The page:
Reply
  9. Anonymous

    Sally,

    I love how you talk about fear. It’s one of the things that kind of aggravates me about a lot of the lifestyle bloggers. How they act like their fear is just some pesky thing that doesn’t exist for them because they’ve chosen to ignore it. Yet then there’s the rest of us who are scared.

    So what are the rest of us supposed to do when we can’t quite conquer the fear so easily.

    Thanks for the answer.

    Reply
    • Sally

      Yeah, I get peeved, too, reading articles that make it seem so easy to overcome fear. It’s not, people. That fear stuff is tough to defeat! And, yeah, I’ve overcome my fear of solo travel (to an extent — there are still plenty of countries I wouldn’t feel safe to travel in solo… yet) — but I haven’t overcome my fear of other things (ceiling fans and spiders come to mind). If there’s anything I want to do with my blog it’s just to reassure people (not inspire, mind you!). Just to tell them: “Hey, it’s scary out there. But, you know what, I’m scared & I’m doing okay. You can too!”

      Reply
  10. Megan

    All good points…but honestly, I think if I hadn’t started traveling when I was young (like, 20, when I was studying abroad), I might have a much more difficult time doing it now. As it is, I’ve kind of turned a corner where I appreciate having company when I travel.

    FREE is important, too! Good on ya’!

    Reply
  11. Single Occupancy | Weekend Intelligence: January 15-16, 2011

    […] Occupancy Weekly: Sally of Unbrave Girl, guest blogging this week for SpunkyGirl Monologues on how solo travel isn’t nearly as scary as people think it is. She writes “When I tell people that I travel solo, they often ask me if I’m afraid. Of course, […]

    Reply
  12. Kimberly

    More often people tend to exaggerate and overreact, they forget about the exercise could self-awareness and precautions. If their are thousands of crimes that can be done to you, there’s also thousands of precautions available not to be harmed. Nice insights.

    Reply
  13. Lauren Rains

    Hey Sally!

    Awesome post! I’ve actually never truly solo traveled but I plan to do it this year! Even if its just a week trip that’s domestic I’ll do it as I don’t plan to move abroad again for another year. I just feel it’s something I have to do to face my own fears and really gain even more independence. I’m on a big mission this year for a lot of personal self growth, and I know this is a great step for me to take to get there.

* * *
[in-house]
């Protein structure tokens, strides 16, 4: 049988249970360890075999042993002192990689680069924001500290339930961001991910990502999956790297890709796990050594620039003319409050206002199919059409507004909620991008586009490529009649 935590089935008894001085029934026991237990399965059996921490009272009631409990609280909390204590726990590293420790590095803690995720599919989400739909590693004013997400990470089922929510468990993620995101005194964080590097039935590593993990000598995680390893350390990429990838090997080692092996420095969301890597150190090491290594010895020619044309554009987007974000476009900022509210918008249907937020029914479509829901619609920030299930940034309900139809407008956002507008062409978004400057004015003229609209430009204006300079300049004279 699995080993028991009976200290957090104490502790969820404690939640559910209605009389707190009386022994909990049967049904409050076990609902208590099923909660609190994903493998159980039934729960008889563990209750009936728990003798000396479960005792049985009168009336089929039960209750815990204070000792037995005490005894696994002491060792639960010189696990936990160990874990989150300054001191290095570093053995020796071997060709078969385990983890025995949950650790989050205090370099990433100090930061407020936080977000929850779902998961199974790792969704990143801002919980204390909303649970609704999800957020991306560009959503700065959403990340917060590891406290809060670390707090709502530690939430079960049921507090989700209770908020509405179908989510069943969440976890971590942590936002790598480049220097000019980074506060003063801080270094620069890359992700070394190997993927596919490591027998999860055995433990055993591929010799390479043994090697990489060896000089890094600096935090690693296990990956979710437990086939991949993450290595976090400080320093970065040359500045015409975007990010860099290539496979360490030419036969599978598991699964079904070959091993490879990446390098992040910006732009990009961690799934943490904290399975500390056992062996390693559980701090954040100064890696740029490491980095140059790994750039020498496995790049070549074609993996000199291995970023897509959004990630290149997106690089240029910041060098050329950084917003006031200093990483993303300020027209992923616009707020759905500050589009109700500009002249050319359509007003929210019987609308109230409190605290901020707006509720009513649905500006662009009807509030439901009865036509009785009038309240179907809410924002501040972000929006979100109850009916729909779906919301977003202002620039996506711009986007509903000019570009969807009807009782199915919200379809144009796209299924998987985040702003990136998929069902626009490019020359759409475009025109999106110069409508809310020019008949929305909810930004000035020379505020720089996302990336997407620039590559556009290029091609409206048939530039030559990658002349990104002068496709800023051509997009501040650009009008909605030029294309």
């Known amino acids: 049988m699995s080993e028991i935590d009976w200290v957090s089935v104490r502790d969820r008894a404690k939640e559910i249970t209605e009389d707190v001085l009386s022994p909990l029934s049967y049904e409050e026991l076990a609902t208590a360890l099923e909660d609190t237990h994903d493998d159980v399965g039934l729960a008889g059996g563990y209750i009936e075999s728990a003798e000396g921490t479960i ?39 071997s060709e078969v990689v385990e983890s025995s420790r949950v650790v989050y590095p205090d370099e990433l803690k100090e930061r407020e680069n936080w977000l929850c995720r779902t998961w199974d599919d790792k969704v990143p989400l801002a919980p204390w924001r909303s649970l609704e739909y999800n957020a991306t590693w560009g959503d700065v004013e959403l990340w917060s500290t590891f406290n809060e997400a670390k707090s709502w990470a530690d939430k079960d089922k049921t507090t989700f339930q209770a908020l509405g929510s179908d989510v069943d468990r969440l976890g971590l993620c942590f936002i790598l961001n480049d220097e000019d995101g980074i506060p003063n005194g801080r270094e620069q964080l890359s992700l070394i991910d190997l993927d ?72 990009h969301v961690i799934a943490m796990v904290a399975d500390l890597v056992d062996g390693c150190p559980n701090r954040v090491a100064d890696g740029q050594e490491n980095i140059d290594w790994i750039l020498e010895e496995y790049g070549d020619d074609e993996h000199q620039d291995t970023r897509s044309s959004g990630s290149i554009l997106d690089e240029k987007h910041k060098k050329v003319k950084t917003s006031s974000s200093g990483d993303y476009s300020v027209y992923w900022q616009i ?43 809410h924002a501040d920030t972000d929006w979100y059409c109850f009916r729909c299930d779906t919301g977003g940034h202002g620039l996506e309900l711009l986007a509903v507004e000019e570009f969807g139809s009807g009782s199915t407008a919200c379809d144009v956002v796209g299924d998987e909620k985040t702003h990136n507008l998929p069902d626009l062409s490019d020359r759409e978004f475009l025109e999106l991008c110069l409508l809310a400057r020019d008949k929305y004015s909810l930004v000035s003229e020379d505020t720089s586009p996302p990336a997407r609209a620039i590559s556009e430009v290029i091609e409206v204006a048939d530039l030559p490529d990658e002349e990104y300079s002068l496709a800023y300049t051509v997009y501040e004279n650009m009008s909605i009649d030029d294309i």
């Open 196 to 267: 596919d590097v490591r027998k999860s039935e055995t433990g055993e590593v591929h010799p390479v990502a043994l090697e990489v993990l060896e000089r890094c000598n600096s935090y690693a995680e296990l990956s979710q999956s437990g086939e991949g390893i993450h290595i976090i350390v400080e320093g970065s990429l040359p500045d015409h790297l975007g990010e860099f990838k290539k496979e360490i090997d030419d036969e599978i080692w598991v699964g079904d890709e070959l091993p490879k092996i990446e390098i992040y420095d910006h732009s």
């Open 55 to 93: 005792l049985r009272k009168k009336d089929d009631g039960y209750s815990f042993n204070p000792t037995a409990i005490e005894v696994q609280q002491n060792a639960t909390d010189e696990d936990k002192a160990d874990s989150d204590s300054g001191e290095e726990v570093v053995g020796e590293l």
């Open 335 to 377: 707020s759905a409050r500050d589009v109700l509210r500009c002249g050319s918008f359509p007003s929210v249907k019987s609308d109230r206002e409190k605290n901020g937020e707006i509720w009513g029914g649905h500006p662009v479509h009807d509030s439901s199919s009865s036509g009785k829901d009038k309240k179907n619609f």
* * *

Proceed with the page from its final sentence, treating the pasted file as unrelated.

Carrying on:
Thailand is so BEAUTIFUL! Glad to see you’re enjoying the adventure. You rock!

    (Check out this post on Flightster – “A Tribute to the Amazing Female Nomads of the World.” – THIS IS YOU! )
    (I wrote that guest post btw its really not to self promote haha. It’s just you’re the exact kind of girl I wrote it for!)

    Reply
  14. Shivya

    Love this article. I travelled solo after a long time last week, and you’re right, it’s not so scary. It helps to get everything you read online out of your head. People really do go out of their way when they know that you’re a solo female traveller.

    Reply
  15. Solo Traveler

    The scariness of traveling alone stems from the fear and mistrust of all the people around you. You might start out that way, but like you said, you eventually realize that not everyone is out to get you. What might be helpful if you’re still terrified of traveling solo is to travel with other singles. This way, you’re still in an unfamiliar place with unfamiliar people, but you’re not truly alone…baby steps.

    Reply
  16. Ailsa Ross

    Yo go (Unbrave) girl!
    I’ve also lost count of the number of people who have said, ‘Wow, you’re so brave, but don’t you get lonely?’ Looking all sorry for me, as I say in those hostel first-conversations, ‘Nope, just me, not here with friends. Solo. Ahem.’
    Sure I do, and I’ve felt lonely at home too, and with friends and with boys.

    Reply

Leave a Reply

%d bloggers like this: